Canadian Electrical Wholesaler

Mar 25, 2021

Frank HurtteBy Frank Hurtte

Earlier, we talked about the impact of distributors and their customers working remotely and how the changes impact distributors. In the eyes of many, the story would end here. However, a distributor is a middleman, the entity positioned between those consuming and those creating products. Distributors are a critical part of what could officially be called the supply chain.

A bit about the supply chain 

A supply chain is a network between a company and its suppliers to produce and distribute a specific product to the final buyer. The companies providing raw materials to supply-partners are part of their supply chain. The distributor and supply-partners are steps in our customer’s supply chain.

If the distributor’s supply-partner experiences delivery issues and the distributor cannot deliver, the customer’s supply chain is impacted. If the distributor mishandles an order, once again the customer’s supply chain feels the pain.

Another portion of supply chain management involves forecasts and feedback from sellers in the field back to the factory making a product. To illustrate, let’s look at a product like a programmable controller (PLC). The product is produced using a wide range of “raw materials” ranging from printed circuit boards to electronic components, along with less high-tech things like plastic housings. If there is a shortage of any of these products, no PLCs can be made or shipped. If a company fails to predict dramatic upturns in the economy, they cannot anticipate the need for the raw materials going into their product. They suffer two ways:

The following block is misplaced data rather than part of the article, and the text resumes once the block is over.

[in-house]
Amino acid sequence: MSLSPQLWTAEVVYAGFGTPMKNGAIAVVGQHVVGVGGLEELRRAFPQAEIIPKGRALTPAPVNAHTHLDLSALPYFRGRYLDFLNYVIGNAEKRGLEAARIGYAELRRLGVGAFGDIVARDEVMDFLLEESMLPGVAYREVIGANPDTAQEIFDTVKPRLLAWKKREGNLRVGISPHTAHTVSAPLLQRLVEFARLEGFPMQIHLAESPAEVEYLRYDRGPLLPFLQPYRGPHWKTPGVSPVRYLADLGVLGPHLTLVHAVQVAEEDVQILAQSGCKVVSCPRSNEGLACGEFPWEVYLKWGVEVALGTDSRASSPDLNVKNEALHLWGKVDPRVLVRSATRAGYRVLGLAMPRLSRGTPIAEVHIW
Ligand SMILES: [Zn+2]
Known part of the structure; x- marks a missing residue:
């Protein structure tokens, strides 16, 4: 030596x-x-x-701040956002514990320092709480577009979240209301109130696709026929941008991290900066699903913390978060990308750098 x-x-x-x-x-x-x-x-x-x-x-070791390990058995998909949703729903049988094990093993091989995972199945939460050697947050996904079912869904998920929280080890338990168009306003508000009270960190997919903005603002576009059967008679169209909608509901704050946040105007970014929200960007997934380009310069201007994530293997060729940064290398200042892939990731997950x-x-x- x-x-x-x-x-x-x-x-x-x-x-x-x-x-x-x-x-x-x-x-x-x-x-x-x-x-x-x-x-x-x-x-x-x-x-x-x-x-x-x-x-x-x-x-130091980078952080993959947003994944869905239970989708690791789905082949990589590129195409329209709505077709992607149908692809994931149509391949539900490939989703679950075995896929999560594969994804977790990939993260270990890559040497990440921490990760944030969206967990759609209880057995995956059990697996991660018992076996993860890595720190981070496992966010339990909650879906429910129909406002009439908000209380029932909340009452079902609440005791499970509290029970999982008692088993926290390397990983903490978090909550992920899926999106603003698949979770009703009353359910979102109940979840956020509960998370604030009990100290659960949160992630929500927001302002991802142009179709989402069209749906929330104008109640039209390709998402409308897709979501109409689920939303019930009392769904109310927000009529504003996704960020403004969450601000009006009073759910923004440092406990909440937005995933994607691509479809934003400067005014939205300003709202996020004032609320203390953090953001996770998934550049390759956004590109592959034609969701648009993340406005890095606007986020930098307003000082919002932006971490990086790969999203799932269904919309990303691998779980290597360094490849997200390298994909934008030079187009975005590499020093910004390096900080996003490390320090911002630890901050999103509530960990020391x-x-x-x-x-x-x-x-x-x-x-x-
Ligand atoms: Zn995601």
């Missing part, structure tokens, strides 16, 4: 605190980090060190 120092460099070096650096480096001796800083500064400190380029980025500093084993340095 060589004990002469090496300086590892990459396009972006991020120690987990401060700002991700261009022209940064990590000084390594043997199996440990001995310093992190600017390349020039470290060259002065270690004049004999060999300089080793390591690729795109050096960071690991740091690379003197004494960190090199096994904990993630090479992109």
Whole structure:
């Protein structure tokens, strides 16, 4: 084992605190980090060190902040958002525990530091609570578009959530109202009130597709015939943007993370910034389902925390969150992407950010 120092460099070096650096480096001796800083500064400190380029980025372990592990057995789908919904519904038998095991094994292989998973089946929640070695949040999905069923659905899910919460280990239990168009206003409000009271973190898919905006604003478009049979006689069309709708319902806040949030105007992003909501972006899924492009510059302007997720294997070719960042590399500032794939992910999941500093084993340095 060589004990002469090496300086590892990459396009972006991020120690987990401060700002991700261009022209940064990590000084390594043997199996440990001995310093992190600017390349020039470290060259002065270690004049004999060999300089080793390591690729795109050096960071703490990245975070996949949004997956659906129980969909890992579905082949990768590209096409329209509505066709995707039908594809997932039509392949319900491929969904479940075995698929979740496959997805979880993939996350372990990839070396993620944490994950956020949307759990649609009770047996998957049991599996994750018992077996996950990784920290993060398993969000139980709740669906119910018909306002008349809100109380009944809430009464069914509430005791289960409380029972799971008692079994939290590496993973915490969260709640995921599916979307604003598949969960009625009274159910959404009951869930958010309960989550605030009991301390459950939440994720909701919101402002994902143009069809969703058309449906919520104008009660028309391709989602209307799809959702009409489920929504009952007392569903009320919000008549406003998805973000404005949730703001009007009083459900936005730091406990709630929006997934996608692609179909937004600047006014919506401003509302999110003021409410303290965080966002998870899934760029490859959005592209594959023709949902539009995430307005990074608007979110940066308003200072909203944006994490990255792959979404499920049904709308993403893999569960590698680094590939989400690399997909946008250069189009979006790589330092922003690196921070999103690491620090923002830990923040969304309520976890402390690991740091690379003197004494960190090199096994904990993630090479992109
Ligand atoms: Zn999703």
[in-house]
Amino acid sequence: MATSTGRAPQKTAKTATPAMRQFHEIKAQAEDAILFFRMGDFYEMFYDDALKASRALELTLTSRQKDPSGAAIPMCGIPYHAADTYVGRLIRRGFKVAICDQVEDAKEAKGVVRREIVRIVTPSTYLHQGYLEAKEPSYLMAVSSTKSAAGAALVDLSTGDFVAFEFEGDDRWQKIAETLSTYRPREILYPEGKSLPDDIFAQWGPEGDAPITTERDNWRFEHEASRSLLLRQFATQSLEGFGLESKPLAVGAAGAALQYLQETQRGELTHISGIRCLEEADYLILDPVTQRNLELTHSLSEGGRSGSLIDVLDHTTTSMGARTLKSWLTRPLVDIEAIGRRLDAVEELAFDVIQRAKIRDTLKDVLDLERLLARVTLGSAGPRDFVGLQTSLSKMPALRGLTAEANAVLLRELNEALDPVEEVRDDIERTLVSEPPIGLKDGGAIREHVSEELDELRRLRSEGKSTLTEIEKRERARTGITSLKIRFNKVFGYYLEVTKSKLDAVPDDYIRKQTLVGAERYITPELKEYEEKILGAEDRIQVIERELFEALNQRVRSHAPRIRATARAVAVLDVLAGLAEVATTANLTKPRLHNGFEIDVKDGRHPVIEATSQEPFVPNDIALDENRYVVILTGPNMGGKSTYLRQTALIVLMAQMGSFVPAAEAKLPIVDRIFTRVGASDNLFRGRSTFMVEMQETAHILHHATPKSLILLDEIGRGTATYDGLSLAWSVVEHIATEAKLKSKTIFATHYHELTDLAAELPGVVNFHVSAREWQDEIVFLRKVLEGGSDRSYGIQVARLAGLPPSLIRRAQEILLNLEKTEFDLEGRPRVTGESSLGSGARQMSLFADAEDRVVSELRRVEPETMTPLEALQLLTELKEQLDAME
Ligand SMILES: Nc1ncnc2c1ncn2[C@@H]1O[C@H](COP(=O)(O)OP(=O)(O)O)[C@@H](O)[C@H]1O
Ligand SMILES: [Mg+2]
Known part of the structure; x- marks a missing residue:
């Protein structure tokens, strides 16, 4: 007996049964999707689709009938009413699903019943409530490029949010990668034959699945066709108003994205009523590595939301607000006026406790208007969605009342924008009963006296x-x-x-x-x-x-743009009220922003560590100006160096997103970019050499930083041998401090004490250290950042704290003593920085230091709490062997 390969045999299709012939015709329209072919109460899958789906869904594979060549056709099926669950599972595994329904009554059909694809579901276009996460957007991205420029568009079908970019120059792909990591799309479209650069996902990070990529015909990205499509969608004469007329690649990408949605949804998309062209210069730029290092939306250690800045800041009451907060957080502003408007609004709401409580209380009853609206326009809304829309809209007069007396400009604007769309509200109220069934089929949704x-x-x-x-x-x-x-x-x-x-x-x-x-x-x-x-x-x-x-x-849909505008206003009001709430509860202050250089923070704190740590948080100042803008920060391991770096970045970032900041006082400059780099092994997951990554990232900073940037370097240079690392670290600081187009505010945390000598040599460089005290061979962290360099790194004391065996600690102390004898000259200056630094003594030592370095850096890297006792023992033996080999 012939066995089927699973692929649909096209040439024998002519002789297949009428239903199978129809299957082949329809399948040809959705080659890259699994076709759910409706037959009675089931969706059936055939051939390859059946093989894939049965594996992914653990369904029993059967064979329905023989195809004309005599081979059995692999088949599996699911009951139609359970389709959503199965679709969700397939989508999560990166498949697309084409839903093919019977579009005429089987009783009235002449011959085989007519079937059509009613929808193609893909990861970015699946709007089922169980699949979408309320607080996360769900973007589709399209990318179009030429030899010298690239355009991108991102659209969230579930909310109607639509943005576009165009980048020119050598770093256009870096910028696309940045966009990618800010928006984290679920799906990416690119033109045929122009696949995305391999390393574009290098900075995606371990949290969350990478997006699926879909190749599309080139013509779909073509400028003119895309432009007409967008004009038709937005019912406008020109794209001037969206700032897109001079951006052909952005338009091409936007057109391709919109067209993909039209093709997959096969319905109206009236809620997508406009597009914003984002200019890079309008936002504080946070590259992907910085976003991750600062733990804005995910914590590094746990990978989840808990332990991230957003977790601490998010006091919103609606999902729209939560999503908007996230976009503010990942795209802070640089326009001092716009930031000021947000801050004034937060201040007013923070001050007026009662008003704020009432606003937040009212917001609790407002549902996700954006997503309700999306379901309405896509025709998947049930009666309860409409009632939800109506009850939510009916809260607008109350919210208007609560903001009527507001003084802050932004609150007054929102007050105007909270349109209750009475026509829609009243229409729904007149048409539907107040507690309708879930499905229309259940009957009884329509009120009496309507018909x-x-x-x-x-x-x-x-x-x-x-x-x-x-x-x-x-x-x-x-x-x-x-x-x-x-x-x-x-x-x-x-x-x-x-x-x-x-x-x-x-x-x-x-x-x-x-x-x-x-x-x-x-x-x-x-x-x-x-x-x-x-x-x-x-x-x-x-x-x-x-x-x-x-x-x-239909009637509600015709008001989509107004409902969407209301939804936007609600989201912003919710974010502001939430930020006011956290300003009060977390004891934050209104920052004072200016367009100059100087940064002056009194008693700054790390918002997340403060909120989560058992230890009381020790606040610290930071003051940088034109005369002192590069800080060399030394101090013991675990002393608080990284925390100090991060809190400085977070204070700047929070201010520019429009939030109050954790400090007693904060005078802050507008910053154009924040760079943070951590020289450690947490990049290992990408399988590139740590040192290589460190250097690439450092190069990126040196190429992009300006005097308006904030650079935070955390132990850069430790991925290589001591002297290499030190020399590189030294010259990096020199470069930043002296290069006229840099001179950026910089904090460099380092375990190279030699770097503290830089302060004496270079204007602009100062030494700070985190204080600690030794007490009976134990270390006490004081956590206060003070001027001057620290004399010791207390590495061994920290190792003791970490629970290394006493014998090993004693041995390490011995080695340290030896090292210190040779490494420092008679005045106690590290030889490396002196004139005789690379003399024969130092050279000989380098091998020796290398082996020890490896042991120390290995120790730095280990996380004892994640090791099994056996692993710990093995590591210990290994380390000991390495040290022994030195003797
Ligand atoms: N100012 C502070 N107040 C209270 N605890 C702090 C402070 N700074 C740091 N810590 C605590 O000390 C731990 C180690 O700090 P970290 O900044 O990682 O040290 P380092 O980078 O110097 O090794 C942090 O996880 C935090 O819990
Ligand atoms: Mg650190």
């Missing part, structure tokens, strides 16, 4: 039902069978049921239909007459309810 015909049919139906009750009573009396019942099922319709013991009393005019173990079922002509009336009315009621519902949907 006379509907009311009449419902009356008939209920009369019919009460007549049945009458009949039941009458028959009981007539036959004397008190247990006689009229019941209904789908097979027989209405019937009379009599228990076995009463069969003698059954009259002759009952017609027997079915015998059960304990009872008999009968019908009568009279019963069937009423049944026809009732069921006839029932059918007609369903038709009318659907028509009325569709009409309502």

• poor delivery to their customers

• higher costs for materials that must be purchased outside normal supply contracts

How does this impact the distributor/manufacturer relationship?

Returning to the topic at hand, we are talking about the impact of COVID-19 on people. Nearly all supply-partner field sales teams have been under very strict lockdowns; definitely more stringent than their distributor counterparts. Reports are these lockdowns will be in force for longer, perhaps significantly longer, than those of their distributor counterparts. Exacerbating this fact, most supply-partner salespeople lack the deep customer intimacy enjoyed by distributors. This translates into fewer customer interactions during the pandemic. Manufacturers are starving for the kind of information needed to build solid forecasts. Hence, our first point.

Distributors should expect questions and provide answers tied to opportunities being tracked with customers, the chances of success with those opportunities, and competitive activities focused on specific customers. Supply partner managers are leaning heavily on their teams to gather and report the information on a monthly (or more frequent) basis.

Many have cut their salesforce

Reports from the field indicate many supply-partners cut their salesforce during the pandemic. This points to manufacturer-based sellers being stretched even thinner than before. One could surmise distributors will be asked to provide even more opportunity/order tracking in the new normal.

Distributor salespeople, who are often tight-lipped about opportunities, must understand the reason for the calls and sometimes seemingly extraneous reporting required. Providing this information will serve to stress the importance of their distributor partners. Pushing further, distributor managers should have candid conversations with key supplier sales management to set ground rules on how the information will be used and eliminate potential outside interference from manufacturer salespeople who are not intimately involved in the process (and may not fully understand the customer dynamics).